Interesting. Now consider the following scenario, which perhaps led me astray.
Case A) Assume 4 riders all with the same power output and aero losses when riding by themselves. Have them ride 2 across and 2 deep, so the same scenario as tested by the magazine, but with each lead rider having someone behind.
Case B) Same as case A, except there are only 2 riders, with one in front of the other.
I thought that case A should be faster than case B. And a case with 3 across, each with a lead and follower should be even faster. Is that correct?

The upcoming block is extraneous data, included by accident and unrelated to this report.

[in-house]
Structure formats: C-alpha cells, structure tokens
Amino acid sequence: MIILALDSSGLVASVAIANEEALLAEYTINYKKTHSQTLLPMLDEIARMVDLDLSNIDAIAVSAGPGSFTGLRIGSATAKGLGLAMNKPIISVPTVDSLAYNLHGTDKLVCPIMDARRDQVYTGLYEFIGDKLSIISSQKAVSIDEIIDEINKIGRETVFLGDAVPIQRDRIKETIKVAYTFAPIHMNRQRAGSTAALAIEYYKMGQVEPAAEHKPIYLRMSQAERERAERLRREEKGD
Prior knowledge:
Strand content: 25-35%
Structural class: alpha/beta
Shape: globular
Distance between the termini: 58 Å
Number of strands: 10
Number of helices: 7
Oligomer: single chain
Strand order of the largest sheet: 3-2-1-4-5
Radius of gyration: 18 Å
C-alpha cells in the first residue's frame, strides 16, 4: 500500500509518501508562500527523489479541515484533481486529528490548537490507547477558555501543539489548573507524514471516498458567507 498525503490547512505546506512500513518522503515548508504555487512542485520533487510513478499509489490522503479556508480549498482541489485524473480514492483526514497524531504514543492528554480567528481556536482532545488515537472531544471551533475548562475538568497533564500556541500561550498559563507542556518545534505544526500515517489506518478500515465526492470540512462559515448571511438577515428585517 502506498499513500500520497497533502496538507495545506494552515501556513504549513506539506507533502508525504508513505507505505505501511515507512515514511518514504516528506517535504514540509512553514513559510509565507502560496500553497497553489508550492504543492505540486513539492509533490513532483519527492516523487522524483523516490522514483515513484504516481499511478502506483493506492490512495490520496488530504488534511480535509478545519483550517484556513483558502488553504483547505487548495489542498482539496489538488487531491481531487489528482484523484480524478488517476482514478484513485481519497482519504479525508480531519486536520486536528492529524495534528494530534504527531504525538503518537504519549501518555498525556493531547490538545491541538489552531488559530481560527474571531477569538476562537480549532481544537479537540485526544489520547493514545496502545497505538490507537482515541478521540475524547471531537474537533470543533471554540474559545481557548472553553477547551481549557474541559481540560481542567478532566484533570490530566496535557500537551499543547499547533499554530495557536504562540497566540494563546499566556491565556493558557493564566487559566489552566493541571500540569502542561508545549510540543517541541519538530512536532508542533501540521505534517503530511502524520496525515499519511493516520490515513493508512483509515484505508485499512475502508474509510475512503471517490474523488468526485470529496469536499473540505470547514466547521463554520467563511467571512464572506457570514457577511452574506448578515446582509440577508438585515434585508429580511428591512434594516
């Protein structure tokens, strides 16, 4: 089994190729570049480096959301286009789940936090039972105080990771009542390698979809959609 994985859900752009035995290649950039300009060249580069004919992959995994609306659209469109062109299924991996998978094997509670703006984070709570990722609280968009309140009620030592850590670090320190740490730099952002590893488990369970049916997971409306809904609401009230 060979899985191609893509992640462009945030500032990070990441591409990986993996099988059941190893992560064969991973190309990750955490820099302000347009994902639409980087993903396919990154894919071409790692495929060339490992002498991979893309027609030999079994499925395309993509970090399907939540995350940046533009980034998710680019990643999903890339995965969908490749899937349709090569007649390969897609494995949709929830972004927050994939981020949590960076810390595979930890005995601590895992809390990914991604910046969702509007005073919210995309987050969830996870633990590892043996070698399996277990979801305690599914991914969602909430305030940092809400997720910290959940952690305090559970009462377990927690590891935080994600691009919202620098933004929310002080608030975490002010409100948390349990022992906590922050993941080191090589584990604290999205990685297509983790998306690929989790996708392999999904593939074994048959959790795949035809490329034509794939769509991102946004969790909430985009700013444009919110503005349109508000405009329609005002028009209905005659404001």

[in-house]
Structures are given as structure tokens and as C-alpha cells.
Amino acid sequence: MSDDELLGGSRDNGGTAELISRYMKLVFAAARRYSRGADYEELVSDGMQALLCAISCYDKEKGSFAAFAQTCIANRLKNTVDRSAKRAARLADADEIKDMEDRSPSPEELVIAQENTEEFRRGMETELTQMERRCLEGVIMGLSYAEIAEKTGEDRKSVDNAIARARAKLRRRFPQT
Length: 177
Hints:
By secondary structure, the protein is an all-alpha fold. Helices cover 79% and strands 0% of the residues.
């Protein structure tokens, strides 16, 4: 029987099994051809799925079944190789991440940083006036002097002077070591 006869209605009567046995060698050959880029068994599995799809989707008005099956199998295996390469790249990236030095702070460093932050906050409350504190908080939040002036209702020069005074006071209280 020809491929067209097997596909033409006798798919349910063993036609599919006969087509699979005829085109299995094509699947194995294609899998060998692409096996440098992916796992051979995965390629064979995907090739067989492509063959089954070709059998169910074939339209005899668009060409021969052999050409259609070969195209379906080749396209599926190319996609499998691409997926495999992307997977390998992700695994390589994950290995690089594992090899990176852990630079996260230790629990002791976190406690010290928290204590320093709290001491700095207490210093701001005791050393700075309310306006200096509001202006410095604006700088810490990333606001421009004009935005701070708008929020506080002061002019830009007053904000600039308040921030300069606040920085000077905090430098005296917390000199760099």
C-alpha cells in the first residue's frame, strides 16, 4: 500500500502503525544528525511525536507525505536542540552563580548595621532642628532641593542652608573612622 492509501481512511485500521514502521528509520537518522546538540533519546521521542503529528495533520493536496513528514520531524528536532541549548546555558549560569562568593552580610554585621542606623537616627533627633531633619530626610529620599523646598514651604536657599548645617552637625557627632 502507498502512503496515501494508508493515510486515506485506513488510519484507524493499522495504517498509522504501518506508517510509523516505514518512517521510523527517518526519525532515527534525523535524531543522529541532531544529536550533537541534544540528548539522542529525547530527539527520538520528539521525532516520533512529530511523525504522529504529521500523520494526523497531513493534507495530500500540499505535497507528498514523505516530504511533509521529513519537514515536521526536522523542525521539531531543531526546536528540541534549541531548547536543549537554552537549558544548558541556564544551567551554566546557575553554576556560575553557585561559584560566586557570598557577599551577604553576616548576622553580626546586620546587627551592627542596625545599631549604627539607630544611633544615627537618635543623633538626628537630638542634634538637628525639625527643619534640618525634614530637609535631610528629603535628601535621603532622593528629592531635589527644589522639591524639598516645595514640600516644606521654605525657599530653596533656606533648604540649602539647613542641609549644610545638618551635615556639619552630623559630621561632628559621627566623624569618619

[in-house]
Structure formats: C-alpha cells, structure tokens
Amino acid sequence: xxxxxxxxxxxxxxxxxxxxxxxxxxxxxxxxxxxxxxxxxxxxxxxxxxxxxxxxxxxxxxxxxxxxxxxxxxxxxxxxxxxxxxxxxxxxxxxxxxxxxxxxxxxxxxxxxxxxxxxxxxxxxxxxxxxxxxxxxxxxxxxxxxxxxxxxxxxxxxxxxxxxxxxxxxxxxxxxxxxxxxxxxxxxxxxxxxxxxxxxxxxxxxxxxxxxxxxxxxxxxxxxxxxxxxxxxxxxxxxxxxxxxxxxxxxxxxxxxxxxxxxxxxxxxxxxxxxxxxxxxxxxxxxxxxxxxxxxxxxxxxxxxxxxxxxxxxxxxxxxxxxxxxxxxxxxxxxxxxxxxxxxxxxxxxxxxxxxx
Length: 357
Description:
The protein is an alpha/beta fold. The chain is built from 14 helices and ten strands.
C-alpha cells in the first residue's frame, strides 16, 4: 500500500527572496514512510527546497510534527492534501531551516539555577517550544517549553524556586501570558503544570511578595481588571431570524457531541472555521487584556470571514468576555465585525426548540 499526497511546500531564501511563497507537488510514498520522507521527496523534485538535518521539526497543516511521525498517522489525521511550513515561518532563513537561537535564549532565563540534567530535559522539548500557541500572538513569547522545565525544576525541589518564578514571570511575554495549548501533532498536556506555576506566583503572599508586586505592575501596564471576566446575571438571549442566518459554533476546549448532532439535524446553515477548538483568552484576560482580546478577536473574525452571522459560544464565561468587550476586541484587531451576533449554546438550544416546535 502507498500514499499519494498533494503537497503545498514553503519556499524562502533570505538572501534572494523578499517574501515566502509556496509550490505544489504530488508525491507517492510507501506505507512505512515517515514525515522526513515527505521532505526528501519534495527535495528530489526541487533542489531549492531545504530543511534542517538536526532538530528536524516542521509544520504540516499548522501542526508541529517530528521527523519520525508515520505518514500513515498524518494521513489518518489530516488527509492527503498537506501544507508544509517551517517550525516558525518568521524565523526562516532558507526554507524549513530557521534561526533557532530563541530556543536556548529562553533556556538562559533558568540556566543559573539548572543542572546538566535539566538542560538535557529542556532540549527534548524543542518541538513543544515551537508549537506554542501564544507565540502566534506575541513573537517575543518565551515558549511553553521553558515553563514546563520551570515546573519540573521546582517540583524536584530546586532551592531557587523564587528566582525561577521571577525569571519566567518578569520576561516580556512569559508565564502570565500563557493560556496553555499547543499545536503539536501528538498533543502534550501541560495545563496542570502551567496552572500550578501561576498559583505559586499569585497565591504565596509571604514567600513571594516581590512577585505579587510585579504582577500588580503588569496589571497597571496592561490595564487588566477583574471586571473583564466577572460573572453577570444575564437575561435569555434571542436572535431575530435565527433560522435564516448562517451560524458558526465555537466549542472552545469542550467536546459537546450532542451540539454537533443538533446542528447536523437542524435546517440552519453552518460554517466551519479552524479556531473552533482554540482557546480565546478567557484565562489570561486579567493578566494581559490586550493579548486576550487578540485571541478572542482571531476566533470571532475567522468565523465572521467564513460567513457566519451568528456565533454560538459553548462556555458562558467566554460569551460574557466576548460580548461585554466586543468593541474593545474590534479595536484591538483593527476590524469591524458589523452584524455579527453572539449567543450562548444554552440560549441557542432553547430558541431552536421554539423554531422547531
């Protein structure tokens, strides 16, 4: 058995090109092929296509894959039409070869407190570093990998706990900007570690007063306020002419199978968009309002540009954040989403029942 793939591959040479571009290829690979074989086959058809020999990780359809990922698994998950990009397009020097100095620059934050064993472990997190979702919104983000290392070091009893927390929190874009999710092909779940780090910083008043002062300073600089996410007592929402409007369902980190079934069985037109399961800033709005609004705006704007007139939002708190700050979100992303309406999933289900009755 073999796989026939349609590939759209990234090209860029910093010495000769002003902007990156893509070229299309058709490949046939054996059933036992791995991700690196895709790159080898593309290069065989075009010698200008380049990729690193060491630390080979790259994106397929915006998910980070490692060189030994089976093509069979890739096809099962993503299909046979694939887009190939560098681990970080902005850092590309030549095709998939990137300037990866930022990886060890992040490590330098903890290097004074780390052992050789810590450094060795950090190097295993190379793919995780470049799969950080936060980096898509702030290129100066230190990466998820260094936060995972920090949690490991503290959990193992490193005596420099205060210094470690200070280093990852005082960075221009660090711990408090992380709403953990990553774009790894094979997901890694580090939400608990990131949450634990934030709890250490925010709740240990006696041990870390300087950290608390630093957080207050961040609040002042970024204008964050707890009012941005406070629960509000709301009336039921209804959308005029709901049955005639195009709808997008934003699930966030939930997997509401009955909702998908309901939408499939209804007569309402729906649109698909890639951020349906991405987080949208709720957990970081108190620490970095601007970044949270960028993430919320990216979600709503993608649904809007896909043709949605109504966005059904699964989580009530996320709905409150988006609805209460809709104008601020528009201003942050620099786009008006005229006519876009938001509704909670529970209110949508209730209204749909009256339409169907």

No, I don't believe so. The net drag of 2 riders side by side is slightly more than double the net drag of 1 rider, and I don't see why it would be different in a double row.
And the side by side thing is not just a theoretical effect, or one that only shows up under controlled circumstances in a wind tunnel, it is absolutely a verifiable real world effect. It's not news to me because it's something I've known about from a skydiving background. When planning large formation skydives it has to be taken into account that the more people join a set style of formation, the slower it's going to fall. For real.